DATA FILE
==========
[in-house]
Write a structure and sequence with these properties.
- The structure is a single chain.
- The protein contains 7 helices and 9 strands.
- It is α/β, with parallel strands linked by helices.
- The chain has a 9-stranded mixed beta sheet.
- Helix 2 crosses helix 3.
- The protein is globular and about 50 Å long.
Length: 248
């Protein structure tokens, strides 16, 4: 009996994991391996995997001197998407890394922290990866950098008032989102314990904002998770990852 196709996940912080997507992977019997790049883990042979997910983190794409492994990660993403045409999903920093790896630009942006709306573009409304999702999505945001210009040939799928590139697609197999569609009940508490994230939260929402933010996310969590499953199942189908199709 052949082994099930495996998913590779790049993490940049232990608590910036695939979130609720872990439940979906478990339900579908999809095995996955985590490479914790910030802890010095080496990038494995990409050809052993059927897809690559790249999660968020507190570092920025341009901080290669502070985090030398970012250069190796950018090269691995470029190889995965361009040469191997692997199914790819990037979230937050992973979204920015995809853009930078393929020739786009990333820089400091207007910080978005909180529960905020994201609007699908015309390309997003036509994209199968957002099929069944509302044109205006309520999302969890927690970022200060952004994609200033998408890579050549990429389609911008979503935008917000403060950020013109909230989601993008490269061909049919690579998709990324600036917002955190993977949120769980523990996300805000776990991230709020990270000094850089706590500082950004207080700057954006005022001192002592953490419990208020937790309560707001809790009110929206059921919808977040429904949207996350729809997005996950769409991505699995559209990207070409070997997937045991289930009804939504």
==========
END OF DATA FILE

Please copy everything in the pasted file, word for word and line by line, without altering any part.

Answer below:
[in-house]
Write a structure and sequence with these properties.
- The structure is a single chain.
- The protein contains 7 helices and 9 strands.
- It is α/β, with parallel strands linked by helices.
- The chain has a 9-stranded mixed beta sheet.
- Helix 2 crosses helix 3.
- The protein is globular and about 50 Å long.
Length: 248
């Protein structure tokens, strides 16, 4: 009996994991391996995997001197998407890394922290990866950098008032989102314990904002998770990852 196709996940912080997507992977019997790049883990042979997910983190794409492994990660993403045409999903920093790896630009942006709306573009409304999702999505945001210009040939799928590139697609197999569609009940508490994230939260929402933010996310969590499953199942189908199709 052949082994099930495996998913590779790049993490940049232990608590910036695939979130609720872990439940979906478990339900579908999809095995996955985590490479914790910030802890010095080496990038494995990409050809052993059927897809690559790249999660968020507190570092920025341009901080290669502070985090030398970012250069190796950018090269691995470029190889995965361009040469191997692997199914790819990037979230937050992973979204920015995809853009930078393929020739786009990333820089400091207007910080978005909180529960905020994201609007699908015309390309997003036509994209199968957002099929069944509302044109205006309520999302969890927690970022200060952004994609200033998408890579050549990429389609911008979503935008917000403060950020013109909230989601993008490269061909049919690579998709990324600036917002955190993977949120769980523990996300805000776990991230709020990270000094850089706590500082950004207080700057954006005022001192002592953490419990208020937790309560707001809790009110929206059921919808977040429904949207996350729809997005996950769409991505699995559209990207070409070997997937045991289930009804939504």